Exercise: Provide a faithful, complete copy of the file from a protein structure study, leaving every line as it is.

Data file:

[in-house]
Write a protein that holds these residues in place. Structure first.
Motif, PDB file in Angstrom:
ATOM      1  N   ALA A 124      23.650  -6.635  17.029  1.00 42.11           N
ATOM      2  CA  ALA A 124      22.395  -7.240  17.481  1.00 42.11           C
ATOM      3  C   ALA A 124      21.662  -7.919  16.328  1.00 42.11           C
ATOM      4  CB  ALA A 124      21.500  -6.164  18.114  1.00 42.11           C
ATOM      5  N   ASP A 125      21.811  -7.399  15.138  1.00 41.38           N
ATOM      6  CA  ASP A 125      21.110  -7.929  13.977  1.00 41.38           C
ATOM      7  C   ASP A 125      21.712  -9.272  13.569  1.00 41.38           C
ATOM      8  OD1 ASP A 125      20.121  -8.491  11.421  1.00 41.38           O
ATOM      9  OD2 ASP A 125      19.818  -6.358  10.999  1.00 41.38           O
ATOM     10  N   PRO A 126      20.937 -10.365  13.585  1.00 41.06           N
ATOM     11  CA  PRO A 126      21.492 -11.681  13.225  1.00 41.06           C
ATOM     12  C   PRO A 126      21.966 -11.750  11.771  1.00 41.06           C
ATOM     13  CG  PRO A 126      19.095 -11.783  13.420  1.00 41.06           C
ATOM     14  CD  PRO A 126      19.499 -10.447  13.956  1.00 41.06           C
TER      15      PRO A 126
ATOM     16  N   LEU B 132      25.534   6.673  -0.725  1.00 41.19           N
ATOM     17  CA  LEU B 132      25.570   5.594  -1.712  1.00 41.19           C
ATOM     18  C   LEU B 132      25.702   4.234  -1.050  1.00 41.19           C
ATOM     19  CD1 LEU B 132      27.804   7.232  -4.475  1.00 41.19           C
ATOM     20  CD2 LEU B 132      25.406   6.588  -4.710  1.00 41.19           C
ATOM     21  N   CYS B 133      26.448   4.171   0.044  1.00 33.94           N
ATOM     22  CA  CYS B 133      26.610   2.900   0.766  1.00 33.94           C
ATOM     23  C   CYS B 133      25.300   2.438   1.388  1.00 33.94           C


[in-house]
Write a protein that holds these residues in place. Structure first.
Motif, PDB file in Angstrom:
ATOM      1  N   ALA A 124      23.650  -6.635  17.029  1.00 42.11           N
ATOM      2  CA  ALA A 124      22.395  -7.240  17.481  1.00 42.11           C
ATOM      3  C   ALA A 124      21.662  -7.919  16.328  1.00 42.11           C
ATOM      4  CB  ALA A 124      21.500  -6.164  18.114  1.00 42.11           C
ATOM      5  N   ASP A 125      21.811  -7.399  15.138  1.00 41.38           N
ATOM      6  CA  ASP A 125      21.110  -7.929  13.977  1.00 41.38           C
ATOM      7  C   ASP A 125      21.712  -9.272  13.569  1.00 41.38           C
ATOM      8  OD1 ASP A 125      20.121  -8.491  11.421  1.00 41.38           O
ATOM      9  OD2 ASP A 125      19.818  -6.358  10.999  1.00 41.38           O
ATOM     10  N   PRO A 126      20.937 -10.365  13.585  1.00 41.06           N
ATOM     11  CA  PRO A 126      21.492 -11.681  13.225  1.00 41.06           C
ATOM     12  C   PRO A 126      21.966 -11.750  11.771  1.00 41.06           C
ATOM     13  CG  PRO A 126      19.095 -11.783  13.420  1.00 41.06           C
ATOM     14  CD  PRO A 126      19.499 -10.447  13.956  1.00 41.06           C
TER      15      PRO A 126
ATOM     16  N   LEU B 132      25.534   6.673  -0.725  1.00 41.19           N
ATOM     17  CA  LEU B 132      25.570   5.594  -1.712  1.00 41.19           C
ATOM     18  C   LEU B 132      25.702   4.234  -1.050  1.00 41.19           C
ATOM     19  CD1 LEU B 132      27.804   7.232  -4.475  1.00 41.19           C
ATOM     20  CD2 LEU B 132      25.406   6.588  -4.710  1.00 41.19           C
ATOM     21  N   CYS B 133      26.448   4.171   0.044  1.00 33.94           N
ATOM     22  CA  CYS B 133      26.610   2.900   0.766  1.00 33.94           C
ATOM     23  C   CYS B 133      25.300   2.438   1.388  1.00 33.94           C